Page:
Friday, August 06, 2010
A full moon rose
The day dawned lovely and windless, and we quickly broke camp and then paddled for two hours, landing for breakfast at a county picnic park.
Here an osprey hit the water and spread its wings for bouyancy, fiddling around "waist-deep" for about ten seconds before lifting off, somehow, with a large fish. We saw this several times. Apparently they like to adjust the catch to face forward, which is aerodynamically preferred. Risa imagines, in her macabre way, that it's so the fish, poor thing, can see where it's going.
We came to another ferry, and after passing it safely, landed on and explored an extraordinarily beautiful island. Risa gathered a few blackberries -- the first of the year! -- and made a present of them to The Cowboy. Across the water, two golden eagles were fishing. Risa also saw a river otter and some kind of very small weasel.
On all the islands and elsewhere, there are piles of logs up to fifteen feet high, which were heaped up by the floods of '96/97'. Occasionally we came to a dock with a sign on one of the pier posts -- which are designed to allow the dock to rise with, rather than be destroyed by, a flood -- saying, "High Water Mark, February 1996." These signs were more than thirty feet above the water where we were paddling. A very sobering read.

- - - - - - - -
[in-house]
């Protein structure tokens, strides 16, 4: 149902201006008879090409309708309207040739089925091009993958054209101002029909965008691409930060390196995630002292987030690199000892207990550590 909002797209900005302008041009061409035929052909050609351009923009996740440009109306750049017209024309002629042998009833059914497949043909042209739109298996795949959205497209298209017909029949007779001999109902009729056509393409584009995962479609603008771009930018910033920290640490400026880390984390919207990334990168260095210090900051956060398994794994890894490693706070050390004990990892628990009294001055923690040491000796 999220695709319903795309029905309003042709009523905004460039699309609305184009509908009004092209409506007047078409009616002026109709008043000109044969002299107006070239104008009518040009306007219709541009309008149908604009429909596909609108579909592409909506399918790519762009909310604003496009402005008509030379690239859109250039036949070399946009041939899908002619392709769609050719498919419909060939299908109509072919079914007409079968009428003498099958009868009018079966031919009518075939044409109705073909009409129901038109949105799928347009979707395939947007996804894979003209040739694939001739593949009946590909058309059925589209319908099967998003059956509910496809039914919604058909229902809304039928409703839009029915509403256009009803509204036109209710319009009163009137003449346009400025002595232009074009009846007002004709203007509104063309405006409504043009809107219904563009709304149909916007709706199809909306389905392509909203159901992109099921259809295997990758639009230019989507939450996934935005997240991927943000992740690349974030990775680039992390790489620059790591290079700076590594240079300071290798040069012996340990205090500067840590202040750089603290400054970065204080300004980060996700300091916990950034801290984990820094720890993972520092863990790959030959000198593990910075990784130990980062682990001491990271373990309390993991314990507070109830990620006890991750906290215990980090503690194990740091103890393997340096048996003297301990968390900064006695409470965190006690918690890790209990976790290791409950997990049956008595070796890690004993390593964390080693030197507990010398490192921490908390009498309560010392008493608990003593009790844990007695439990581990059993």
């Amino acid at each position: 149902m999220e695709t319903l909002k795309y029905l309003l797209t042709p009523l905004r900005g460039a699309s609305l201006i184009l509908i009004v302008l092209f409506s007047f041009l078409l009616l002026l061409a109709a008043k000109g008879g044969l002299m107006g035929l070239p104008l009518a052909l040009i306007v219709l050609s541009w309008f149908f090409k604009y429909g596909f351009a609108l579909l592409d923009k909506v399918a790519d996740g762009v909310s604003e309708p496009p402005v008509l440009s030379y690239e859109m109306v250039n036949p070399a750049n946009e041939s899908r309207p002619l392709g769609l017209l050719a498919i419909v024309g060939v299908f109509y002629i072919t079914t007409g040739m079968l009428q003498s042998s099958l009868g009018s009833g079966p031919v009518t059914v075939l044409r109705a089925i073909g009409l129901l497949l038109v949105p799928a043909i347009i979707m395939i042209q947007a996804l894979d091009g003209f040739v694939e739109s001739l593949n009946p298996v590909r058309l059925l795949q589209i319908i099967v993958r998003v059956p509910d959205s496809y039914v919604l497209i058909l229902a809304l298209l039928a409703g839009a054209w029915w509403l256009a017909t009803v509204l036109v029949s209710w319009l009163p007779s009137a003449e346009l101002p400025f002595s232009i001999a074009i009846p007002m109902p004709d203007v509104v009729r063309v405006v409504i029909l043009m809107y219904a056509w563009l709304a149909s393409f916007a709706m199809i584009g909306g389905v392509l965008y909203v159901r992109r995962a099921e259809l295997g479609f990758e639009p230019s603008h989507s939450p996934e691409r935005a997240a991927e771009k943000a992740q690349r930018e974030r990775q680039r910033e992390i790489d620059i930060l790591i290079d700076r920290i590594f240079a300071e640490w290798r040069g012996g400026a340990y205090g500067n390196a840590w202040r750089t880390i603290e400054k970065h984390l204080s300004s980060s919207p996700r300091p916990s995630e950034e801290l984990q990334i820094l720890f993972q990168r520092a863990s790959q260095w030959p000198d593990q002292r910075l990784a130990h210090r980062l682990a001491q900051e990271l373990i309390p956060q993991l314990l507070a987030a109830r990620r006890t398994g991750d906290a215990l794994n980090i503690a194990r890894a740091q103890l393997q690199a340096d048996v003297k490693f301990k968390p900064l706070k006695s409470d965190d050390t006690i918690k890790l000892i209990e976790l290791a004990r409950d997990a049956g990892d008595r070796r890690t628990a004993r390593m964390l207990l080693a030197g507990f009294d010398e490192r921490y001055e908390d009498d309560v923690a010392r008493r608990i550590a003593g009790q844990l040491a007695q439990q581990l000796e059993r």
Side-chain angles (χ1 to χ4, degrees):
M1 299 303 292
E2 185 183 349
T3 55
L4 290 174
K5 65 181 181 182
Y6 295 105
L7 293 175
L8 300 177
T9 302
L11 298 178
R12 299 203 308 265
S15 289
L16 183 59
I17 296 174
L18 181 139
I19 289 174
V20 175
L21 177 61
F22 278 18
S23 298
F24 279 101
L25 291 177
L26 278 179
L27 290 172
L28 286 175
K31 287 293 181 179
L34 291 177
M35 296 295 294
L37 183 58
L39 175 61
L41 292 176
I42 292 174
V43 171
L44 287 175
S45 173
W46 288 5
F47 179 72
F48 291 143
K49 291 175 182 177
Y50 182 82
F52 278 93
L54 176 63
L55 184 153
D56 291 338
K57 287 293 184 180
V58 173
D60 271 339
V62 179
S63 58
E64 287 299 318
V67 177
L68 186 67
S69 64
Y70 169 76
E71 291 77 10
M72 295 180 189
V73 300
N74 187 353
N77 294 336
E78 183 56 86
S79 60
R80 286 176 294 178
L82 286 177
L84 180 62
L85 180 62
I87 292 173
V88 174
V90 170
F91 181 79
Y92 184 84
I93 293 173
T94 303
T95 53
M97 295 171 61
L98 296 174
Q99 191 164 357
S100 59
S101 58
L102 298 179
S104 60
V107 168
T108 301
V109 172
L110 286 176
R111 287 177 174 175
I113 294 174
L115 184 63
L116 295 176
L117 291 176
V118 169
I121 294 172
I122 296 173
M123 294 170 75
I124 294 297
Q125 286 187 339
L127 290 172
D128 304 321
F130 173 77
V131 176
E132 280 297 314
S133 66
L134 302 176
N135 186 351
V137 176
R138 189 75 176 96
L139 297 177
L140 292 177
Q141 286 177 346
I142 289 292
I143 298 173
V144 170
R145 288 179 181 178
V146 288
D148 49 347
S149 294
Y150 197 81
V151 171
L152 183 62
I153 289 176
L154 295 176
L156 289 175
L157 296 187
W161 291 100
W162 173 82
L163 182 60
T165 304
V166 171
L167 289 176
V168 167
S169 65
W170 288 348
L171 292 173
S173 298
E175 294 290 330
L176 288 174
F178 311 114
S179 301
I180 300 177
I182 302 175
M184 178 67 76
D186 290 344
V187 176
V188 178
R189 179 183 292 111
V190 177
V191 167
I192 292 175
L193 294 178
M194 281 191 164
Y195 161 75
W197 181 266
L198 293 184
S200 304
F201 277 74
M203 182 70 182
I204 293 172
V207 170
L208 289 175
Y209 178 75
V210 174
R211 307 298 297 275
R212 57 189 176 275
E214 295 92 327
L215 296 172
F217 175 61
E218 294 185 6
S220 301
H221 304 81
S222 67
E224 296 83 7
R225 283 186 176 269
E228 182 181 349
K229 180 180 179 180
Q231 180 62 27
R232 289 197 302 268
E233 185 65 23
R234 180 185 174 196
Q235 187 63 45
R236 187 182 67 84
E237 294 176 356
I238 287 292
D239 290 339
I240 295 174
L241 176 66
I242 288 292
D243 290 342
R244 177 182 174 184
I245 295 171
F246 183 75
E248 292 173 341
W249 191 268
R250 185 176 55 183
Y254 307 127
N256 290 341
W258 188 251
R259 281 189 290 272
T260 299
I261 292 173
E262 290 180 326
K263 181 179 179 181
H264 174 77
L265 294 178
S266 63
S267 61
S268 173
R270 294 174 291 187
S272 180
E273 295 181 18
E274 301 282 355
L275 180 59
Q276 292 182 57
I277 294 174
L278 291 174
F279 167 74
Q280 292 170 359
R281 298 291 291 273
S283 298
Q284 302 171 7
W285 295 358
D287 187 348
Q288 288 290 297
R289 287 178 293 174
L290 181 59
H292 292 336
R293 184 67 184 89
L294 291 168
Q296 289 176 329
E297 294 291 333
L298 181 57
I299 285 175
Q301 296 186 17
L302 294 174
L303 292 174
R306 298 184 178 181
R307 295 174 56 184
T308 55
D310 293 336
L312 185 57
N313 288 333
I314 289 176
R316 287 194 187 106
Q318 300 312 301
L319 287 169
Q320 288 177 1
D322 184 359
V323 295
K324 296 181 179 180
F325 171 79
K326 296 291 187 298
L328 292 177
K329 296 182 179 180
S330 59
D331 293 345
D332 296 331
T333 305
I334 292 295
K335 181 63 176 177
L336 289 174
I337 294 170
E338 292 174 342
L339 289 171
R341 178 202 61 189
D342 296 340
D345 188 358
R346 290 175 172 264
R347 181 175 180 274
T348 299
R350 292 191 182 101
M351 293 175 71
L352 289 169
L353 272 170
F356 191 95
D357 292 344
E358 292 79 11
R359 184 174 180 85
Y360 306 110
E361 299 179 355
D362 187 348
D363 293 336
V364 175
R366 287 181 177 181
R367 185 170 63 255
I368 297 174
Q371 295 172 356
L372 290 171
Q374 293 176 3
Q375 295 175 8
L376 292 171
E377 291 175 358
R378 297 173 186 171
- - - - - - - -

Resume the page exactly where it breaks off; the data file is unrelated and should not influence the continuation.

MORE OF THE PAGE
We fell in with some canoe campers with whom we chatted for a mile or so, and also met a group of college-age kids on inner tubes, linked in a circle with a cooler of beer in the middle, floating along merrily.
In the afternoon we came to a large island, and, missing the back channel and finding no other suitable camping spot, allowed the current to rush us past the end of the island, then paddled up the backwater to land on the backchannel side from downriver. A good campsite presented itself here, and we claimed it. 21.5 mile day, 110.5 river miles from home.
The giant carp were fascinating. Risa bounced everything in her fishing kit off their noses, but they paid no mind whatever.
This island seemed to harbor more wildlife than any other place on the trip (mosquitoes, too). Beavers and giant carp swam back and forth, crows badgered ospreys, ospreys pestered eagles, and a lone, sad-looking goose, half Canada goose and half Toulouse -- too heavy to migrate -- croaked an astonishingly loud response to every wild flocked that honked past. After a 92(F) degree day, the evening fell cool upon the tents, and a full moon rose to light the flocks the way to their repose.